Chris Donovan / The New York Times
Sunday, Oct. 21, 2018 | 2 a.m.
MONTREAL — Canada on Wednesday became the first major world economy to legalize recreational marijuana, beginning a national experiment that will alter the country’s social, cultural and economic fabric, and present the nation with its biggest public policy challenge in decades.
Across the country, as government pot retailers opened from Newfoundland to British Columbia, jubilant Canadians waited for hours in line to buy the first state-approved joints. For many, it was a seminal moment, akin to the ending of Prohibition in the United States in the 1930s.
“I have never felt so proud to be Canadian,” said Marco Beaulieu, 29, a janitor, as he waited with friends outside a government cannabis retailer in the east end of Montreal. “Canada is once again a progressive global leader.”
Canada is the second country in the world, after Uruguay, to legalize marijuana. Canadians broadly support marijuana legalization, but amid the euphoria, there was also caution.
“Legalization of cannabis is the largest public policy shift this country has experienced in the past five decades,” said Mike Farnworth, British Columbia’s minister of public safety. “I don’t think that when the federal government decided to legalize marijuana it thought through all of the implications.”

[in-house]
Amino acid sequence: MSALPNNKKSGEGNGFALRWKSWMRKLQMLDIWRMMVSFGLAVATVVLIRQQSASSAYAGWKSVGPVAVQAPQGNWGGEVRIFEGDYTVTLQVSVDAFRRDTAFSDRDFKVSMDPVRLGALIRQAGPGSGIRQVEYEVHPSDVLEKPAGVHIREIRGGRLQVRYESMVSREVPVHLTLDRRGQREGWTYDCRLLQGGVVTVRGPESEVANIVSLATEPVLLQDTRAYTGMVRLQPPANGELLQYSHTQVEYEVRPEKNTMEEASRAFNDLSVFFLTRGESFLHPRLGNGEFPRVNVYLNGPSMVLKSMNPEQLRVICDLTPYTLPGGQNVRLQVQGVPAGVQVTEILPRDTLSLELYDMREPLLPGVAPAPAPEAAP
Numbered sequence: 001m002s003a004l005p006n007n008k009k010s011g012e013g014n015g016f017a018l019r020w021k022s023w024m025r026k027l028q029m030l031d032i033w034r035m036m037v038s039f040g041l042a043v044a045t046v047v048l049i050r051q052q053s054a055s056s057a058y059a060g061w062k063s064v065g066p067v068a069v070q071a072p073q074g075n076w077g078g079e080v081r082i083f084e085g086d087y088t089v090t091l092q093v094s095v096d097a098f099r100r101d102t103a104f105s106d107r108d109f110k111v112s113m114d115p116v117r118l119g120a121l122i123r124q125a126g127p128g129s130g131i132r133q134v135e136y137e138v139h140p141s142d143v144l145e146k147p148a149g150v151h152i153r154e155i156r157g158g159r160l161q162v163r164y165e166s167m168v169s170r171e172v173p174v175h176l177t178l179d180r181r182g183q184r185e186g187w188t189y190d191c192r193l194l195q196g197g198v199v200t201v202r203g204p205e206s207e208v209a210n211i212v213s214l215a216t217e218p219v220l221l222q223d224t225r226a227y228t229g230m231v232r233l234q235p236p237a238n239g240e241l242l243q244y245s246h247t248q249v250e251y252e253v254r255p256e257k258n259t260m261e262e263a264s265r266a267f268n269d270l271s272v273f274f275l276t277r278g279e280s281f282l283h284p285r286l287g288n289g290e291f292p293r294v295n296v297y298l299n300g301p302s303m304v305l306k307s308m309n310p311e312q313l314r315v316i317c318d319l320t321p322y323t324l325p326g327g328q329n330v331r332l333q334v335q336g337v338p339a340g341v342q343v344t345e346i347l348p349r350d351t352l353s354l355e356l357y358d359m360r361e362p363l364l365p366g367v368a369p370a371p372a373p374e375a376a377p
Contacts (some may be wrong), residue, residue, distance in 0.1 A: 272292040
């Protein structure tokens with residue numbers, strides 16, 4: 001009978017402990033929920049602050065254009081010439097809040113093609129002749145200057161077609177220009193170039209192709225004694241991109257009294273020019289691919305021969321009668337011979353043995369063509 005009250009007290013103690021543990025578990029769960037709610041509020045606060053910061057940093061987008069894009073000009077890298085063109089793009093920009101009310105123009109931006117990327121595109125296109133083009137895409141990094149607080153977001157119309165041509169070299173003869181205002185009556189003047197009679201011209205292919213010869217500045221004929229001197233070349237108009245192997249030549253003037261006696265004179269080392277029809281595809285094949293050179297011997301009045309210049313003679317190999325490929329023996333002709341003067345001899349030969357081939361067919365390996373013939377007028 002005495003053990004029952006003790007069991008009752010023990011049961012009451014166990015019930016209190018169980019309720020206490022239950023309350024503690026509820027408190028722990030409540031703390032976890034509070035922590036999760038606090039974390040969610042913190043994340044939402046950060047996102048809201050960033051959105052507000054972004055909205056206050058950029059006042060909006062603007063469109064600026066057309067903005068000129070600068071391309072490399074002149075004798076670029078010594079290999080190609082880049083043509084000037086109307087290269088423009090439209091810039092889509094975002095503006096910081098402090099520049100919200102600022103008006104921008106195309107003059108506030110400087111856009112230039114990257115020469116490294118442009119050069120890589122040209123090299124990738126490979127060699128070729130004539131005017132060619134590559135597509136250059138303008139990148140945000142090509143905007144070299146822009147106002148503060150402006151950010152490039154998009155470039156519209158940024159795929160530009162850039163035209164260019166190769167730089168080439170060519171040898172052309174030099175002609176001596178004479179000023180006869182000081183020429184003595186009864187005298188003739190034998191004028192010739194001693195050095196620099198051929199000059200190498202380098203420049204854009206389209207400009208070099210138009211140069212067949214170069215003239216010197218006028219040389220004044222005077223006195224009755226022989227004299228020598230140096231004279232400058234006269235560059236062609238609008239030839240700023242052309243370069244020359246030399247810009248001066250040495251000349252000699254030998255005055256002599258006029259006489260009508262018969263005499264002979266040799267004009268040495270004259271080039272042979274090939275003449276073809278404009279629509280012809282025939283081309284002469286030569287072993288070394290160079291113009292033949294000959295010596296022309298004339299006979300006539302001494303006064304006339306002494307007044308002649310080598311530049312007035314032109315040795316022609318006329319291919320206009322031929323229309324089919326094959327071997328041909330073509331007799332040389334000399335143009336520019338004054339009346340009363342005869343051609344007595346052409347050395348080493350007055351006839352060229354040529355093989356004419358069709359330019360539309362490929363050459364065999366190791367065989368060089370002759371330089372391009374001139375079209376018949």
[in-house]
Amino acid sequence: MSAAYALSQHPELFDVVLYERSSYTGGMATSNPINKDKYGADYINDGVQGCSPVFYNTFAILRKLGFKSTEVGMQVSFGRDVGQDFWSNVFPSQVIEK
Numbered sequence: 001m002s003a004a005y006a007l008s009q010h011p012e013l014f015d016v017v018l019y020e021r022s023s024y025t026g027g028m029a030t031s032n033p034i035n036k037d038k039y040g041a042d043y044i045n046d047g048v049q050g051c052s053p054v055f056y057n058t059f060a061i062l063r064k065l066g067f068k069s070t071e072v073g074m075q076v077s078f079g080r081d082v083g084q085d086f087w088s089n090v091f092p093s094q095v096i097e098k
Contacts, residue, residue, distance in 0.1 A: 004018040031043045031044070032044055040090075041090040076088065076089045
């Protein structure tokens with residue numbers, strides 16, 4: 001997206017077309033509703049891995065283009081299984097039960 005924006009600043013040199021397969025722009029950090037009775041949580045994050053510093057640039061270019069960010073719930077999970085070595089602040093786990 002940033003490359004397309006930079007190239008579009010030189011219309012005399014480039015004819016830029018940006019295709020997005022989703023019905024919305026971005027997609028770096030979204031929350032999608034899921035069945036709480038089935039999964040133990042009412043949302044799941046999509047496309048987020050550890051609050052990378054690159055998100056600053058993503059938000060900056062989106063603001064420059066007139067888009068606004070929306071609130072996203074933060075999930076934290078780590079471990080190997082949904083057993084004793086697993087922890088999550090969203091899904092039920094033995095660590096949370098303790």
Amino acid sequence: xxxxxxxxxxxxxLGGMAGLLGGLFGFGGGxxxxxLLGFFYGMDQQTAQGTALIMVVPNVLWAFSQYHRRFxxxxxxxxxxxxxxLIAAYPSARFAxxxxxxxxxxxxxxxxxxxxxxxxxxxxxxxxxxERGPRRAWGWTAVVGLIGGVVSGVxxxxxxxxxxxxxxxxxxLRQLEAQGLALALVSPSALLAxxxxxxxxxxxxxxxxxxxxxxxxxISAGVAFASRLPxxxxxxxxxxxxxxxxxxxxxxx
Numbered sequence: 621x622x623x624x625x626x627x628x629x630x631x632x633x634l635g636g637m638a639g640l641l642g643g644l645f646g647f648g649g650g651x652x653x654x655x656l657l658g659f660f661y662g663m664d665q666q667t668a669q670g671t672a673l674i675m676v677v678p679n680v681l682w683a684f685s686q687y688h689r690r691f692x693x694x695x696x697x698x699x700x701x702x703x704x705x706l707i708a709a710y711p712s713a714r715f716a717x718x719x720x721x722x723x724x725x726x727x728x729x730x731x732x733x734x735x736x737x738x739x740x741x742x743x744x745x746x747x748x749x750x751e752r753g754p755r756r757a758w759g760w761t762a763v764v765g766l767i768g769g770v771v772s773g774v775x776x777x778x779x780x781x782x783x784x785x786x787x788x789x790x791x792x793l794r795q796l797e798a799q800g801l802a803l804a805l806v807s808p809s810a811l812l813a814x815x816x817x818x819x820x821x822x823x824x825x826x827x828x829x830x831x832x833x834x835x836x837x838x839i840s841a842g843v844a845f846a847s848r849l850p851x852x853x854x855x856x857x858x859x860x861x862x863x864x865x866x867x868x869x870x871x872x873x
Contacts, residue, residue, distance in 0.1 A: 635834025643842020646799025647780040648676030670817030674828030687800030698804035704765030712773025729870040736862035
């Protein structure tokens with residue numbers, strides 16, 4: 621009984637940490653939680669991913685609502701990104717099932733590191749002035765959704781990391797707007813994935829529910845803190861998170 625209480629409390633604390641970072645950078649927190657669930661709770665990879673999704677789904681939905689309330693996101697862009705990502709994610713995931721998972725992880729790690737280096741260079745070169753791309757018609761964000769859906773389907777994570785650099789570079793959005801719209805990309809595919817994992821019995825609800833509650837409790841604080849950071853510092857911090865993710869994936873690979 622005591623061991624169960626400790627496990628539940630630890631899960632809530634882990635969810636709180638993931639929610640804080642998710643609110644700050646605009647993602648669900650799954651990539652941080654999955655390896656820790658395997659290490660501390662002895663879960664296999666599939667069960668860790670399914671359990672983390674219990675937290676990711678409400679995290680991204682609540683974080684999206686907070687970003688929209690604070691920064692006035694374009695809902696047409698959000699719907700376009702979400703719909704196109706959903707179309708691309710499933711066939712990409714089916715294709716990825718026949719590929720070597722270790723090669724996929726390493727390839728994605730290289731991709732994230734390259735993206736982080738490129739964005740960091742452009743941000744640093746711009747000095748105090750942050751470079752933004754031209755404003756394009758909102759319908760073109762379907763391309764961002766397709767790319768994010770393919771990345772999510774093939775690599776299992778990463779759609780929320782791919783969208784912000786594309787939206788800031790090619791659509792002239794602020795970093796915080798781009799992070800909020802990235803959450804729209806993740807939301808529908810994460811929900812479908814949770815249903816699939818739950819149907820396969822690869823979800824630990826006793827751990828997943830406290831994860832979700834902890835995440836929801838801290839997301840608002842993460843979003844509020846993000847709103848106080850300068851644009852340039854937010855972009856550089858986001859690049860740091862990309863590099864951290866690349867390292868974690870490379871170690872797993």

The Canadian Medical Association Journal called the government’s legalization plan an “uncontrolled experiment in which the profits of cannabis producers and tax revenues are squarely pitched against the health of Canadians." It called on the government to promise to change the law if it leads to increased marijuana use.
Marijuana for medical purposes has been legal in Canada since 2001. Under Canada’s new federal cannabis act, adults will be allowed to possess, carry and share with other adults up to 30 grams of dried cannabis. The federal government has left the country’s 13 provinces and territories to set their own rules, creating a patchwork of regulations.
On Wednesday morning, the government announced that it would introduce legislation to make it easier for Canadians who had been convicted of possessing small amounts of marijuana to obtain a pardon.
The legalization of cannabis has led to a so-called “green rush,” with licensed cannabis growers pressing to get a foothold in what is expected to be a $5 billion industry by 2020, buttressed by the expected arrival of thousands of pot tourists from the United States.